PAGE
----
An open approach to refurbishment

Published:  04 August, 2010

In the past, adding new building controls to an existing BMS or to an existing HVAC system that was already in place would have been a real challenge. However, the advent of open systems such as BACnet, LonWorks and Modbus means that the time and costs for refurbishment of controls have been greatly reduced — as BCIA’s recent ConnectFest demonstrated.

With budgets constrained, it is unlikely that a building owner will look to replace an entire building-management system (BMS) with a new one. However, the advent of open systems means that adding functionality or extending the coverage of the BMS across more properties is a reasonably low-cost option, with fast payback times.

At the May 2010 BCIA Conference, members set out to demonstrate controls refurbishment in action with a live ConnectFest. The diagram (see download available below) shows how a team of BCIA members successfully joined together a number of different pieces of building-services equipment including an air-handling unit, dampers, actuators and lighting.

The ConnectFest was designed to be a model of a building using a LonWorks system, but requiring a new BMS installed based on BACnet with some KNX-enabled lighting. BCIA members taking part were ABB, Automated Logic, Belimo, Contemporary Controls, Cylon, Siemens Building Technologies, Trend Controls and Tridium.

Greg Arden, European technical support supervisor for Automated Logic, who co-ordinated the ConnectFest, says that although most projects don’t involve so many different open systems, the ConnectFest did highlight some useful points.

‘There is a trend towards refurbishment, but linking different systems together is something that controls consultants come across all the time,’ says Greg Arden. ‘We are often involved in supplying controls for buildings where the shell and core is in place. The floors are let out to tenants, and there needs to be integration between those two systems. For example, the shell and core may use a Trend system, with Siemens fan-coil units and KNX lighting system on the floor.’

Andy Hailstone, solutions development engineer at Siemens Building Technologies says: ‘The ConnectFest may have been an extreme example, but certainly there are projects where the client may have a number of different systems to integrate. Getting information on the products that are installed, or are going to be installed, is one of our challenges.’

Steve Reid, solutions development engineer at Siemens Building Technologies agrees that building-services equipment with built-in controls benefits from an open-systems approach. ‘I see a lot of packaged plant with its own controls. The fact that we can use BACnet as a standard operating system means that we can incorporate that equipment into the building-management system more easily. Before that, we would have to use a proprietary interface, which was less flexible.’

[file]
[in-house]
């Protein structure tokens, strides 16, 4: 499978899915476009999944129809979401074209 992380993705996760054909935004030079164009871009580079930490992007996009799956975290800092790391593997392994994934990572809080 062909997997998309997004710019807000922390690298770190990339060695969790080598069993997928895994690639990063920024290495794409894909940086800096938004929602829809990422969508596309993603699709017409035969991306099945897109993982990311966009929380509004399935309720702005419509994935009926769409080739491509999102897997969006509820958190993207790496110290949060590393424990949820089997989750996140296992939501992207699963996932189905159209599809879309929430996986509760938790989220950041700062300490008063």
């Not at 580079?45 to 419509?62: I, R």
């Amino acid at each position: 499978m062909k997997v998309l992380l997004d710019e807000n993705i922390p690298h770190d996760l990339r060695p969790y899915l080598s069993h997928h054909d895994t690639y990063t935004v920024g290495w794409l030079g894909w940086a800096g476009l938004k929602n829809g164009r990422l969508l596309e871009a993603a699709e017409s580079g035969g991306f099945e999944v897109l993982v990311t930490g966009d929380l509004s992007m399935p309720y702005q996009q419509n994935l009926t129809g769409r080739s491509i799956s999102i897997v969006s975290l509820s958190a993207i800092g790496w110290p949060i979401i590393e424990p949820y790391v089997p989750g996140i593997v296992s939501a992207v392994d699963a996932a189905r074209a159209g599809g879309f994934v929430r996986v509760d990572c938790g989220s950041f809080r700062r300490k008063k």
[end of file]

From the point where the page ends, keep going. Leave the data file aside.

Hailstone adds: ‘Open systems are a much more efficient approach to integrating a building-management system. In the days when a chiller or a boiler would have its own proprietary controls, the controls engineer would often have to disable those, creating a double-engineering situation which was wasteful for everyone.’

Leon Turner, technical support engineer for Trend Controls agrees that open systems such as BACnet have made refurbishing and enhancing an existing building controls set-up much more efficient for both controls engineers and clients. However, he does point out that there can be other issues to bear in mind. ‘There are a lot of practical, physical considerations to think about, not just software-related. For example, in older buildings you may be looking at wiring which simply isn’t suitable for today’s controls. Re-wiring will add to the time and costs for a project, but may well be a necessity.’

Greg Arden agrees that it is vital to think beyond the system-based issues. ‘You don’t have to be joining a new system to an old one. Even when the project involves complete replacement there are other challenges to consider. For example, we worked closely with our independent systems integrator on a project where a number of council buildings were using a complete BACnet system with one IP network, with a central server at the Council HQ. The system databases were being hosted by the client’s IT administrator, so the relationship between the networking, database and security had to be carefully balanced. We had to liaise to ensure that everyone could work as a team to achieve the objective.’

For controls experts, integration is always going to be an important part of any project — whether that is joining a new controls system to an existing BMS, or dealing with existing building services equipment in the plant room. As Steve Reid points out: ‘Our installers have to demonstrate expertise in integration. The skills to work across open systems, and to cope with the challenges of dealing with older kit, are vital to ensure that clients have confidence in our work.’

File: ConnectFest diagram (315k)


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